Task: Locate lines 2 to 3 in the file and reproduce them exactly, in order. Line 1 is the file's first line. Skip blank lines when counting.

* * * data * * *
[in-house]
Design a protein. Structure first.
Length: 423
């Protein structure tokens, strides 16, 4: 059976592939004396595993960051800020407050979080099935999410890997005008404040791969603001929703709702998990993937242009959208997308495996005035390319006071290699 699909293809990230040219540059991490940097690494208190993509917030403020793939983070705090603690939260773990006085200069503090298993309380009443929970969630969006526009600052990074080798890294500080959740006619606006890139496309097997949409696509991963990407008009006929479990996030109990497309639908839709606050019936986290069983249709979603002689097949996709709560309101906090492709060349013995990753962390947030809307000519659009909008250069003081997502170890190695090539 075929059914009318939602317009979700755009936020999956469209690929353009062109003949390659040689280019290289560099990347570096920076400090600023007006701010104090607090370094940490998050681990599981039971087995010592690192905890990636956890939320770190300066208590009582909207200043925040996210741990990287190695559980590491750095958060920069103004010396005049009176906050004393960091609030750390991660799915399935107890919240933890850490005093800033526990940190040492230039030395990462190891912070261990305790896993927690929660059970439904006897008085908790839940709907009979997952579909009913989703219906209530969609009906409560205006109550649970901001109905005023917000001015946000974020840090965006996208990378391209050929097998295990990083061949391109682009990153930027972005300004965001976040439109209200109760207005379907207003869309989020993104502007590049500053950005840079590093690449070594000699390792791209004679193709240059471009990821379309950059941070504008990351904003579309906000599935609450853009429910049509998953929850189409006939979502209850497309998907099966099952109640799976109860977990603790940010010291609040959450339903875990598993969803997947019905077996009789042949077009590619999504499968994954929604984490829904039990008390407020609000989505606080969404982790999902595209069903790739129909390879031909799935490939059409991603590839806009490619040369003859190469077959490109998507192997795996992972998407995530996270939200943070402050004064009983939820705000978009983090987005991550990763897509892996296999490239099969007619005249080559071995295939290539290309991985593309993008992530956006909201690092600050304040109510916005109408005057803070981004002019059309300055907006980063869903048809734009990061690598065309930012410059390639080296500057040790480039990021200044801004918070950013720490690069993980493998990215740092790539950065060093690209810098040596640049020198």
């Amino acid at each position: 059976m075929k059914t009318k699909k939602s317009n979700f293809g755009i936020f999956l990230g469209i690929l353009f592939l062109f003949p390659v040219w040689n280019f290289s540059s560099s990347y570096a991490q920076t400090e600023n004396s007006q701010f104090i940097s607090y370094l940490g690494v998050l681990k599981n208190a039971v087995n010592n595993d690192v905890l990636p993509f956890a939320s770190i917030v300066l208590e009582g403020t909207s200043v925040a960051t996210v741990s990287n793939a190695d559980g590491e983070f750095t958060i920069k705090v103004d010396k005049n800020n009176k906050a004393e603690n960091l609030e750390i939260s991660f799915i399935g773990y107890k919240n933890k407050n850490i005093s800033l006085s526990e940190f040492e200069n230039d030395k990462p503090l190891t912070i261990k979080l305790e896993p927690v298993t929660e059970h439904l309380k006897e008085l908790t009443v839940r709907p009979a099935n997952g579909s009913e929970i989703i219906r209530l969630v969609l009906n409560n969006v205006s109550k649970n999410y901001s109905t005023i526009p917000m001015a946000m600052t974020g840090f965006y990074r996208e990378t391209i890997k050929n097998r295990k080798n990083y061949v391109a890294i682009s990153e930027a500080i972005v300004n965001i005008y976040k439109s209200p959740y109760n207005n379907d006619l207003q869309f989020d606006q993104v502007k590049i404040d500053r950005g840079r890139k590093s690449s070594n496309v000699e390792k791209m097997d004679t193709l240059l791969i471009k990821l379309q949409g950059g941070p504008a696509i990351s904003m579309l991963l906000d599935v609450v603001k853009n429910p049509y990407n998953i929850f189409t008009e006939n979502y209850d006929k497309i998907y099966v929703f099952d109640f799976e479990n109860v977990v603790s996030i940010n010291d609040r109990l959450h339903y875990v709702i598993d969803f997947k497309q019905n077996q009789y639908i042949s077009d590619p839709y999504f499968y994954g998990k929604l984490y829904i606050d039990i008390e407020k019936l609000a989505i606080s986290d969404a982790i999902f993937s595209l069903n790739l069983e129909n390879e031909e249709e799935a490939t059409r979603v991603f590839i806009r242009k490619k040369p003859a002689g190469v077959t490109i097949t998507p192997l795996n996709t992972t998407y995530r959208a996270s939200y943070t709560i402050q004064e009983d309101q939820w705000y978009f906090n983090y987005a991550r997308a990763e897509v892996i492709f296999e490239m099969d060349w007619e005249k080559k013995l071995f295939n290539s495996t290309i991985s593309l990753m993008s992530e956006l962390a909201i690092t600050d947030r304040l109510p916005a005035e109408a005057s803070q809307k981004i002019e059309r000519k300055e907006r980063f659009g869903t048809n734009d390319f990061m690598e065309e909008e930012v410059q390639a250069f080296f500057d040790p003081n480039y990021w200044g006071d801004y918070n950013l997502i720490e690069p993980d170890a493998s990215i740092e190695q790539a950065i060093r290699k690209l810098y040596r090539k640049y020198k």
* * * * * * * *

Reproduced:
Design a protein. Structure first.
Length: 423